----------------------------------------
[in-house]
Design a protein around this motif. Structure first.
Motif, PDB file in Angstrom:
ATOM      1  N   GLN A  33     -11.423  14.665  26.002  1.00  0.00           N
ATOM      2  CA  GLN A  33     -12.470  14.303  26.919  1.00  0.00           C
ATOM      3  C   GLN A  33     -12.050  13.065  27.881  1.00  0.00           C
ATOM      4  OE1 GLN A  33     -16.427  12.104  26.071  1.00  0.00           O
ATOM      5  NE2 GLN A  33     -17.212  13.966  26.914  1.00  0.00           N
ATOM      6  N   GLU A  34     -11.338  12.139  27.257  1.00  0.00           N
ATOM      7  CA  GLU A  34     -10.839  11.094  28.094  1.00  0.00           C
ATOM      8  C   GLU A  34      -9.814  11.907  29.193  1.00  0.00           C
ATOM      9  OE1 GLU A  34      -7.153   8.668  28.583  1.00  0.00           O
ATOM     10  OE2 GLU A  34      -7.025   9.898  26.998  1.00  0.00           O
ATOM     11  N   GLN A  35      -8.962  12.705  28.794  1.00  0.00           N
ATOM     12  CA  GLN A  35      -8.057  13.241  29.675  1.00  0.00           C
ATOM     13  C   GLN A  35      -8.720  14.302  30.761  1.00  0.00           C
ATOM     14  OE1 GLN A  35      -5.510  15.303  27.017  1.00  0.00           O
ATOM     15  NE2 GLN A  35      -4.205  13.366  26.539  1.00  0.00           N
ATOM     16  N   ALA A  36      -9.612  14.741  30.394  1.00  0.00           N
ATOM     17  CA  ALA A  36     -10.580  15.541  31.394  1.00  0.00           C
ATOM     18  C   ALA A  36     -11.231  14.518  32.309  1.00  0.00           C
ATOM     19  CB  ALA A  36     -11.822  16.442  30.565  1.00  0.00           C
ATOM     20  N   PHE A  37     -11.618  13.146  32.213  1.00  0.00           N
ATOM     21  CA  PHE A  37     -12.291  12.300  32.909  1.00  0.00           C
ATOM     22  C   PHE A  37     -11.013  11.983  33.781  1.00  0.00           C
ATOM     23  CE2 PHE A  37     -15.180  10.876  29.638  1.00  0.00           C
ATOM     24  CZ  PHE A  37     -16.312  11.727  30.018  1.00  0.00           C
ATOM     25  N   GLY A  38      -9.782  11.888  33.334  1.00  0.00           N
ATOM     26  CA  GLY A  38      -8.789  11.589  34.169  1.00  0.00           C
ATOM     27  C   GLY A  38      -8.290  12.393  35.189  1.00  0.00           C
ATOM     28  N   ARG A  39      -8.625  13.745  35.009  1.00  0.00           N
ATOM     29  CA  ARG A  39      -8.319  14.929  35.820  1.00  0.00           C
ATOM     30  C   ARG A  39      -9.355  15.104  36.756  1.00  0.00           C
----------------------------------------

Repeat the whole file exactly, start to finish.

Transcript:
[in-house]
Design a protein around this motif. Structure first.
Motif, PDB file in Angstrom:
ATOM      1  N   GLN A  33     -11.423  14.665  26.002  1.00  0.00           N
ATOM      2  CA  GLN A  33     -12.470  14.303  26.919  1.00  0.00           C
ATOM      3  C   GLN A  33     -12.050  13.065  27.881  1.00  0.00           C
ATOM      4  OE1 GLN A  33     -16.427  12.104  26.071  1.00  0.00           O
ATOM      5  NE2 GLN A  33     -17.212  13.966  26.914  1.00  0.00           N
ATOM      6  N   GLU A  34     -11.338  12.139  27.257  1.00  0.00           N
ATOM      7  CA  GLU A  34     -10.839  11.094  28.094  1.00  0.00           C
ATOM      8  C   GLU A  34      -9.814  11.907  29.193  1.00  0.00           C
ATOM      9  OE1 GLU A  34      -7.153   8.668  28.583  1.00  0.00           O
ATOM     10  OE2 GLU A  34      -7.025   9.898  26.998  1.00  0.00           O
ATOM     11  N   GLN A  35      -8.962  12.705  28.794  1.00  0.00           N
ATOM     12  CA  GLN A  35      -8.057  13.241  29.675  1.00  0.00           C
ATOM     13  C   GLN A  35      -8.720  14.302  30.761  1.00  0.00           C
ATOM     14  OE1 GLN A  35      -5.510  15.303  27.017  1.00  0.00           O
ATOM     15  NE2 GLN A  35      -4.205  13.366  26.539  1.00  0.00           N
ATOM     16  N   ALA A  36      -9.612  14.741  30.394  1.00  0.00           N
ATOM     17  CA  ALA A  36     -10.580  15.541  31.394  1.00  0.00           C
ATOM     18  C   ALA A  36     -11.231  14.518  32.309  1.00  0.00           C
ATOM     19  CB  ALA A  36     -11.822  16.442  30.565  1.00  0.00           C
ATOM     20  N   PHE A  37     -11.618  13.146  32.213  1.00  0.00           N
ATOM     21  CA  PHE A  37     -12.291  12.300  32.909  1.00  0.00           C
ATOM     22  C   PHE A  37     -11.013  11.983  33.781  1.00  0.00           C
ATOM     23  CE2 PHE A  37     -15.180  10.876  29.638  1.00  0.00           C
ATOM     24  CZ  PHE A  37     -16.312  11.727  30.018  1.00  0.00           C
ATOM     25  N   GLY A  38      -9.782  11.888  33.334  1.00  0.00           N
ATOM     26  CA  GLY A  38      -8.789  11.589  34.169  1.00  0.00           C
ATOM     27  C   GLY A  38      -8.290  12.393  35.189  1.00  0.00           C
ATOM     28  N   ARG A  39      -8.625  13.745  35.009  1.00  0.00           N
ATOM     29  CA  ARG A  39      -8.319  14.929  35.820  1.00  0.00           C
ATOM     30  C   ARG A  39      -9.355  15.104  36.756  1.00  0.00           C